Losing Your Hair Postpartum? Here Are Things You Need

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The woman holds the comb with hair.
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Many new moms are surprised to find themselves shedding more hair than usual in the first few months after giving birth, but it’s perfectly normal. There is no need to panic, you will not go bald. In fact, your hair should be back to normal by your baby’s first birthday.

[Read more about Birth]

Here is what’s going on. Normally, about 85 to 95 percent of the hair on your head is growing and the other 5 to 15 percent is in a resting stage. After the

Losing Your Hair during Postpartum
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resting period, this hair falls out often while you are brushing or shampooing it and is replaced by new growth. An average woman sheds about 100 hairs a day.

 

During pregnancy, increased levels of estrogen prolong the growing stage. There are fewer hairs in the resting stage and fewer falling out each day, so you have thicker, more luxuriant tresses.

This is a temporary phase. In the normal cycle of hair growth, some hair is lost every day. But during pregnancy, the increased levels of estrogen in your body freezes hair in the growing (or “resting”) phase of the cycle. Hair that would normally fall out stays put, resulting in thicker hair. After you give birth and your estrogen levels decline, however, all that hair that was resting starts to fall out. This usually starts the third or fourth week postpartum and ends by six months. But some women say it can last for a year. This temporary hair loss does not mean you are deficient in nutrition or vitamins. It is simply hormonal.

[Related: Postpartum Hair Loss]

Sometimes hair falls out all over your head. Or clumps may come out when you brush it, or in the shower. However, often women just lose a lot around their hairline, so that their hair looks very fine in the front, or as if they are going bald.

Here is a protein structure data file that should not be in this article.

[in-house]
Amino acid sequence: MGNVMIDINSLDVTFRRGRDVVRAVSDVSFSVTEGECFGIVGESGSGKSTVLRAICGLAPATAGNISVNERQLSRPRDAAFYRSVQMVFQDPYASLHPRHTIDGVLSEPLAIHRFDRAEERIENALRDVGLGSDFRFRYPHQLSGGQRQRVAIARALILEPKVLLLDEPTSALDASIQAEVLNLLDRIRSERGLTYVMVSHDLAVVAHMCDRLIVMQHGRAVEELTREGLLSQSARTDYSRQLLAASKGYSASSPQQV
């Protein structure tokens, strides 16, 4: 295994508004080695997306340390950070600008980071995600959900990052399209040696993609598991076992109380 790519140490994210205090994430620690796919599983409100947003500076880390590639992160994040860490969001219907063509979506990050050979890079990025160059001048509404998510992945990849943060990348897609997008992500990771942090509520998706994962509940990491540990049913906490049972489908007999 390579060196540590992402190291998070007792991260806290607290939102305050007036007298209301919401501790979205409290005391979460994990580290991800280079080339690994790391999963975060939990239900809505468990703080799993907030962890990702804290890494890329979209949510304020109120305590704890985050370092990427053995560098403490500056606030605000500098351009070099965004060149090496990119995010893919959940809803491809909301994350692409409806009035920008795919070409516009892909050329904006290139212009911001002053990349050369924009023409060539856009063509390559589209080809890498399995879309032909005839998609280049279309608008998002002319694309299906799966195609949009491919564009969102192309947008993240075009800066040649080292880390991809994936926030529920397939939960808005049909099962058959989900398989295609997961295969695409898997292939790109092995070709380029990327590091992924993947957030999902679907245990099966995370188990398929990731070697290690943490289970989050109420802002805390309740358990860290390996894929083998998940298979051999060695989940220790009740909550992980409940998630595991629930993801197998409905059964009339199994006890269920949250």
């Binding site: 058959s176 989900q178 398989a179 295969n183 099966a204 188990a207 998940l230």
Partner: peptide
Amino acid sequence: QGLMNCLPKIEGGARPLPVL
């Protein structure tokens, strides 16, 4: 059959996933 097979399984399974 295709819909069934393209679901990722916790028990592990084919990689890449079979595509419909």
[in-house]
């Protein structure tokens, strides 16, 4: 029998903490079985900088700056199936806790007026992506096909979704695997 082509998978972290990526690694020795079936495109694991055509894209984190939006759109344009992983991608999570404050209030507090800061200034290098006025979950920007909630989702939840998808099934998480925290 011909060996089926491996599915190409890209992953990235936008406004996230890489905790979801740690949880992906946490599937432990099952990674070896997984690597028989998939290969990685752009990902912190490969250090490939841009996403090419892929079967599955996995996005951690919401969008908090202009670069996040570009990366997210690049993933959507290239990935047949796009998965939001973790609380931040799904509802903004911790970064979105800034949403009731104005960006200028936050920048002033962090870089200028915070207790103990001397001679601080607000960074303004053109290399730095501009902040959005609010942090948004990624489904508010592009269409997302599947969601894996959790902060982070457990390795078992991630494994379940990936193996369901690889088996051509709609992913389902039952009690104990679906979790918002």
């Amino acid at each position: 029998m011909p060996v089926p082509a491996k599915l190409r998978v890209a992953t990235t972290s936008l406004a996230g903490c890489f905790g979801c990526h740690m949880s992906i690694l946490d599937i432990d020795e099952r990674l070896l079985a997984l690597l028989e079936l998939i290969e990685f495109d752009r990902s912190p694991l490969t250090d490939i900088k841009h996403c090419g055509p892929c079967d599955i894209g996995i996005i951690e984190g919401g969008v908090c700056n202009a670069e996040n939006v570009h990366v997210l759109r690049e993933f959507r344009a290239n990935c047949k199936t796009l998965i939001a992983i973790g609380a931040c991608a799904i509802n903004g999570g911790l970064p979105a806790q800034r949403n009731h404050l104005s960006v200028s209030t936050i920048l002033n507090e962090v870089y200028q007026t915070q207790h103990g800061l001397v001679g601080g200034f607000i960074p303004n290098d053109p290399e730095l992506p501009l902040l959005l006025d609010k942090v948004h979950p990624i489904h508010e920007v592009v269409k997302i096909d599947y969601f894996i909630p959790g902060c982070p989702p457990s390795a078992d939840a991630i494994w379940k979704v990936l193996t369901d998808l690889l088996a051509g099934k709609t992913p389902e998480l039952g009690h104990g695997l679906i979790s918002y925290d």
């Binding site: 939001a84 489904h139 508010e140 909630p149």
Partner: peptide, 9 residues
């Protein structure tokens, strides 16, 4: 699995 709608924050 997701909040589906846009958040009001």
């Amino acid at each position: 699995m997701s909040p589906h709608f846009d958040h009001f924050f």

Losing Your Hair Postpartum
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After you give birth, your estrogen levels take a tumble and a lot more hair follicles enter the resting stage. Soon you will have more hair coming out in the shower or on the brush. This unusual shedding will taper off and your hair will be back to its pre-pregnancy thickness about six to 12 months after you give birth.

By the way, not all women notice dramatic changes in their hair during pregnancy or the postpartum period. Among those who do, it tends to be more obvious among women with longer hair.

You will not be able to stop the hair from falling out, but you can experiment with different hairstyles or products (such as hair thickeners or mousse) to give your hair a fuller look during this transition period.

Here are Some Great Tips to Keep in Mind:

  • Keep your hair healthy by eating well and taking a prenatal vitamin supplement.
  • Be extra-gentle during your shedding season to prevent excess hair loss after pregnancy. Shampoo only when necessary (Ha! As if you had time to shampoo at all!), and use a good conditioner and a wide-toothed comb to minimize tangling. Use scrunchies or barrettes to put hair up, instead of rubber bands — and don’t pull hair into tight ‘dos.
  • Skip blow dryers and curling and flat irons if you can (again as if you had time to use them!), and put off any chemically based treatments (highlights, perms, straightening) until the shedding stops.
  • Talk to your health care practitioner if your hair loss is excessive. When it is accompanied by other symptoms, hair loss after pregnancy could be a sign of postpartum thyroiditis.
  • Keep hair moussed and moist. Using the right products can give the illusion of fullness. Look for a volumizing mousse at the drugstore or salon. Also, always use a conditioner or a leave-in hair moisturizer after shampooing.
  • Try color. Coloring your hair is always a great way to give it body. If you feel that your hairline is receding and you have dark hair, highlighting the front can act as a camouflage. Or try glossing, a treatment that gives hair all-over shine.

    Losing Your Hair Postpartum
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  • Change the part. If you normally part your hair in the middle, a side part can disguise thinning hair at the temples.
  • Add texture. Sleek, straight hairstyles make thinning hair more obvious. If you usually blow out your curly or wavy hair, now may be the time to go with your natural curl. If you have straight hair, try using Velcro rollers or a curling iron to give your locks some oomph.
  • Wear hair ornaments. Headbands, scarves, and bandanas are fun and stylish ways to disguise hair loss. They’re especially popular with new moms who have little time to devote to hair care!

Many moms, tired of scooping hair out of shower drains or sweeping strands off the bathroom floor, find that now is a good time to go for a short cut. Plus, a short, wash-and-go hairstyle can be easier to take care of when you have a new baby in the house and you’re strapped for time.

A note to new moms with long hair: Strands of hair can end up tightly wrapped around your baby’s tiny appendages, including his fingers, toes, wrists, ankles, and penis. This is called a hair tourniquet, and it can be quite painful for your little one. If you find him crying for no apparent reason, check carefully for tight bands of hair.

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